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Next Generation Wireless Amplifier Technology: BiSTA (Bipolar Stacked Transistor Architecture)Technology #11-007-farmer
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- Thomas J. Farmer The George Washington University, Department of Electrical and Computer Engineering, Washington, DC
- Ali Darwish The American University in Cairo, Department of Electronics Engineering, New Cairo, Egypt
- Mona E. Zaghloul The American University in Cairo, Department of Electronics Engineering, New Cairo, Egypt
- Managed By
- Jerry Comanescu Licensing Associate firstname.lastname@example.org (202) 994-8975
- Patent Protection
- US Patent Pending
A new design for an integrated circuit amplifier operating at very high frequencies. Current high frequency amplifiers use expensive III-V technologies (GaAs, InP). This invention uses commercial silicon technology.
Benefits of silicon technology are:
- low cost of production
- large & mature manufacturing base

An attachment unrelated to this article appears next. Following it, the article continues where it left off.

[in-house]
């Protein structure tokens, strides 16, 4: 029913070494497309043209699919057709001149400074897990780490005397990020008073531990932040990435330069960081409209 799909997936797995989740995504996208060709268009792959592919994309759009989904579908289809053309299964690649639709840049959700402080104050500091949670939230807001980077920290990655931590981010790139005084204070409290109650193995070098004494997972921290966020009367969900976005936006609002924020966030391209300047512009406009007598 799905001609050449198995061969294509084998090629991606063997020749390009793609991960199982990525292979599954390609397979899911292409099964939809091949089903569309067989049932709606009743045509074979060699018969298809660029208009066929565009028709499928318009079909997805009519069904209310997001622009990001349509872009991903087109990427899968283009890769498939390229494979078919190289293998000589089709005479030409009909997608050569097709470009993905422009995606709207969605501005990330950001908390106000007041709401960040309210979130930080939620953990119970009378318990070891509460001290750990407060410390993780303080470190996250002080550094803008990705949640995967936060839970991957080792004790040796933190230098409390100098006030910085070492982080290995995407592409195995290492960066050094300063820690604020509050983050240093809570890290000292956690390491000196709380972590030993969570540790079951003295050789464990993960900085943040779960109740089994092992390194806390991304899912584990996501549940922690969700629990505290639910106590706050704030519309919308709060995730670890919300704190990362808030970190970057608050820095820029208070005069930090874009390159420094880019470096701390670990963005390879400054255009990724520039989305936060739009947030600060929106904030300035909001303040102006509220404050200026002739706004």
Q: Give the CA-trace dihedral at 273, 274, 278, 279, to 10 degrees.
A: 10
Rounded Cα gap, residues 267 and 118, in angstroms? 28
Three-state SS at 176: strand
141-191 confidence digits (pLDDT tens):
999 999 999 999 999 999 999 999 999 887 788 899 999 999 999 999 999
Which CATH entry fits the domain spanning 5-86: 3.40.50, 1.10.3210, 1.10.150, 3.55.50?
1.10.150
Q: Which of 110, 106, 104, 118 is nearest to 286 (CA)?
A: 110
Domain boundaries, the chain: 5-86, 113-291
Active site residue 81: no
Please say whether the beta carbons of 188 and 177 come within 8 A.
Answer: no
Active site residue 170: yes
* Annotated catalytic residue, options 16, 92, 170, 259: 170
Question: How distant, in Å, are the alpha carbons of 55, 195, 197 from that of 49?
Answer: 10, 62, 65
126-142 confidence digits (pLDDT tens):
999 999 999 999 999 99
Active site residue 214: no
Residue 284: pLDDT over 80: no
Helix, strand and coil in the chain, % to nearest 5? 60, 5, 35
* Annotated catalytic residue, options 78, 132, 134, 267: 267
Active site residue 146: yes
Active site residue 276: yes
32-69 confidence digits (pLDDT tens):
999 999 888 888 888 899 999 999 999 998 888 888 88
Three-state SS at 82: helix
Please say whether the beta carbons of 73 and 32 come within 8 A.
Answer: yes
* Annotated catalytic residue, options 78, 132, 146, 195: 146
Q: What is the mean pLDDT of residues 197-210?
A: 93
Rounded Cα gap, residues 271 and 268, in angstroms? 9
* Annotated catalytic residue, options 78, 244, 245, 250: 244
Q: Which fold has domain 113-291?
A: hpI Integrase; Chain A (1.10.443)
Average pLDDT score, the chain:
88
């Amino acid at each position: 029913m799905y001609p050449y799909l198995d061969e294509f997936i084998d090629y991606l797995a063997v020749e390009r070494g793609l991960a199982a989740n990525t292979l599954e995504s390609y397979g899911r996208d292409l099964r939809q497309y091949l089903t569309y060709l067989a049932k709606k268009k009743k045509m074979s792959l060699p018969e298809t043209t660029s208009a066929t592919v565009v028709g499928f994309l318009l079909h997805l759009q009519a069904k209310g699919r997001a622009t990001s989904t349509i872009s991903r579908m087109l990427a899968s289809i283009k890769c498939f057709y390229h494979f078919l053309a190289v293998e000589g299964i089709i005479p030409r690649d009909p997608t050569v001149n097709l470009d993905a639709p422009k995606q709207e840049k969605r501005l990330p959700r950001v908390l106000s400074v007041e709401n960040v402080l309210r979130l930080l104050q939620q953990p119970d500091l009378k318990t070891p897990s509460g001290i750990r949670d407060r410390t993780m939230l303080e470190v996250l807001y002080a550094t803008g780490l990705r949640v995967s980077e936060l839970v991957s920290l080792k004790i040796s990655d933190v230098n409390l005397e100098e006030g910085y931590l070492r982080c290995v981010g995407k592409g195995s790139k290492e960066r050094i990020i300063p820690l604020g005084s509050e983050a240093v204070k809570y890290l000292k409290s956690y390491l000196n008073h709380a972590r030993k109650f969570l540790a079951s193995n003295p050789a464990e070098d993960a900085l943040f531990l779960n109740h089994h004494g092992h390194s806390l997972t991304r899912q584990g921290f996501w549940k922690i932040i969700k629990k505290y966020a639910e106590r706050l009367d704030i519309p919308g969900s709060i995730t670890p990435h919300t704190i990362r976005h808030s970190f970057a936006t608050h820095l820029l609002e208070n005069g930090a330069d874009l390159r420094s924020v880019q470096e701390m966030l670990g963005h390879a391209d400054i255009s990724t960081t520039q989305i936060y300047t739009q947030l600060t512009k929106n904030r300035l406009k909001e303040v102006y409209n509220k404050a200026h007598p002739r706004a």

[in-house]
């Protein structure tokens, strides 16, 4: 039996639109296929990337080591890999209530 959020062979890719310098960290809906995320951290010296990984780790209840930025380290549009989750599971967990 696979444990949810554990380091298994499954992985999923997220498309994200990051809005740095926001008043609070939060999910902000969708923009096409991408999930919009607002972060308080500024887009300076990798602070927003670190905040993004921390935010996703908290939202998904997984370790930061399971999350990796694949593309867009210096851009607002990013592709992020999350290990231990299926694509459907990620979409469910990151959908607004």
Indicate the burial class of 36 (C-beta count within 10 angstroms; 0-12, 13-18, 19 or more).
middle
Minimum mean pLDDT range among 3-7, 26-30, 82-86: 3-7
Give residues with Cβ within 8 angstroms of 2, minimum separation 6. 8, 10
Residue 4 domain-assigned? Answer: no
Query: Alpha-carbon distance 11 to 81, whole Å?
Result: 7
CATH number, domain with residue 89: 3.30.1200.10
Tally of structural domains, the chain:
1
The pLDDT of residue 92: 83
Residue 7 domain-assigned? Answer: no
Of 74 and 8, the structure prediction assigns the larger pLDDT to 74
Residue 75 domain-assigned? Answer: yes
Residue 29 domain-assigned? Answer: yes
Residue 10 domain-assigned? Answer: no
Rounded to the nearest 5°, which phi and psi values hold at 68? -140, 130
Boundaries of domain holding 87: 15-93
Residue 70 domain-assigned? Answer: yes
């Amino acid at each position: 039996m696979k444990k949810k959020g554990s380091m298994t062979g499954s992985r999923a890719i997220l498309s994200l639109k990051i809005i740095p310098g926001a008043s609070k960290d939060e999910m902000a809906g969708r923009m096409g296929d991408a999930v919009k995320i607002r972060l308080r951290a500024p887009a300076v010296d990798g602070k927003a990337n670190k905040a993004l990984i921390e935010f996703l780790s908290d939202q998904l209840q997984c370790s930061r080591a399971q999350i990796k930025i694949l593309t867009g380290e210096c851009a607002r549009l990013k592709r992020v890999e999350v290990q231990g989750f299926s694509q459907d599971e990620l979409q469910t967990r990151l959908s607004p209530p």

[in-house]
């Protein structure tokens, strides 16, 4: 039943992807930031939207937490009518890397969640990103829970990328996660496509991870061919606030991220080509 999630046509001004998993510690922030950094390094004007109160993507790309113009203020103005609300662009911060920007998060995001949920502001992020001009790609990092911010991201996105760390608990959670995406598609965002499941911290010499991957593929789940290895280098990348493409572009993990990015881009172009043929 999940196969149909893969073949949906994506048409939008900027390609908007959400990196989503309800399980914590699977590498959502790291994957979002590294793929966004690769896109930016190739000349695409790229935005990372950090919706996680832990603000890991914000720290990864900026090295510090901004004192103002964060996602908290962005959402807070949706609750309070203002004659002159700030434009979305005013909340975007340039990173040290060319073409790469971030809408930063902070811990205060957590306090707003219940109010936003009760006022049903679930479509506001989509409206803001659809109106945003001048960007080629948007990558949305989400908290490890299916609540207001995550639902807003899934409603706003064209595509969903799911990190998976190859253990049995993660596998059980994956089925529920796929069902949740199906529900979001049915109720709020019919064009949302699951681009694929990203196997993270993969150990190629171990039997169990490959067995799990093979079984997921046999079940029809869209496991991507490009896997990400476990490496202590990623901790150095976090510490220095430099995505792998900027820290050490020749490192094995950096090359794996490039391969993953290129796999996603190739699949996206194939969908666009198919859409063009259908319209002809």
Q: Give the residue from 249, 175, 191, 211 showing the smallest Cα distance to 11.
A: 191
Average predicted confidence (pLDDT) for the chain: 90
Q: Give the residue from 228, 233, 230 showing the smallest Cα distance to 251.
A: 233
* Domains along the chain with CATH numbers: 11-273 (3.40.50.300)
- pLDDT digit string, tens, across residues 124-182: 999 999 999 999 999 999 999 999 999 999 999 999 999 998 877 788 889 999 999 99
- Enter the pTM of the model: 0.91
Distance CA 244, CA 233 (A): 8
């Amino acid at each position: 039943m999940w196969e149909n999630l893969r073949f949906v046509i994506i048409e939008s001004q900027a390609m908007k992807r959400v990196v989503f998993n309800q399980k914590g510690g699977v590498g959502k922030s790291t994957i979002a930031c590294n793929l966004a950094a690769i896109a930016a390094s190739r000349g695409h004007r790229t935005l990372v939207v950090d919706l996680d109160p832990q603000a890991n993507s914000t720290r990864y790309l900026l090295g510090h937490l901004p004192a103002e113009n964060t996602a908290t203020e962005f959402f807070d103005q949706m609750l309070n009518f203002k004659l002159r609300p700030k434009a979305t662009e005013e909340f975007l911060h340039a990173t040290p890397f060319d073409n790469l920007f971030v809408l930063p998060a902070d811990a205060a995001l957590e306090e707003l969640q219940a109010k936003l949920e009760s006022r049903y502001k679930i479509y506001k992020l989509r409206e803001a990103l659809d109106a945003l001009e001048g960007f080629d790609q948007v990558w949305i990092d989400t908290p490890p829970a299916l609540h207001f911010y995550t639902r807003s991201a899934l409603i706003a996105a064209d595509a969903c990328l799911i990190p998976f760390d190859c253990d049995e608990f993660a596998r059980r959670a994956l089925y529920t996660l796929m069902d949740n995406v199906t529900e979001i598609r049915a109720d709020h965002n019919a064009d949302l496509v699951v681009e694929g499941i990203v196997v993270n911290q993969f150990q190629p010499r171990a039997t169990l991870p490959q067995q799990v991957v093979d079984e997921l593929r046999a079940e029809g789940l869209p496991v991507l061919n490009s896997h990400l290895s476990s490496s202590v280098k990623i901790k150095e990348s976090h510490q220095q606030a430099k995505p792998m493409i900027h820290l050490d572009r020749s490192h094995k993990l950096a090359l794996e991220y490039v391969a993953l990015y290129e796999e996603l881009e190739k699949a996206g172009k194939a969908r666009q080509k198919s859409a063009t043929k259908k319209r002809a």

- high reliability
- high integration, system-on-single-chip
Potential Market of this Invention:
Commercial low frequency applications include:
- cellular phone systems
- bluetooth amplifiers
Commercial high frequency applications include:
- wireless-HDMI (blue-ray to TV interface)
- airport security imaging scanners
- medical imaging scanners
- automotive radar
- telecom long-haul back-end wireless communications (tower-to-back-office, tower-to-tower communication)
- building-to-building wireless communications
Military Uses include:
- satellite communications
- compact radar systems
- phased-array T/R systems
Has this Invention been tested?
- Yes, results have been published in 2 peer reviewed scientific journals.
- This design has been fabricated using IBM 8HP BiCMOS SiGe commercial technology.
- Two prototype amplifiers have been built, extensively tested and measured to operate at frequencies of 2.4 GHz and 30 GHz.
- 2.4 GHz measures: PSAT=18.55 dBm, PAE=32.0 %, VBIAS=3.23 V.
- 30 GHz measures: PSAT=19.0 dBm , PAE=11.5 %, VBIAS=5.06 V.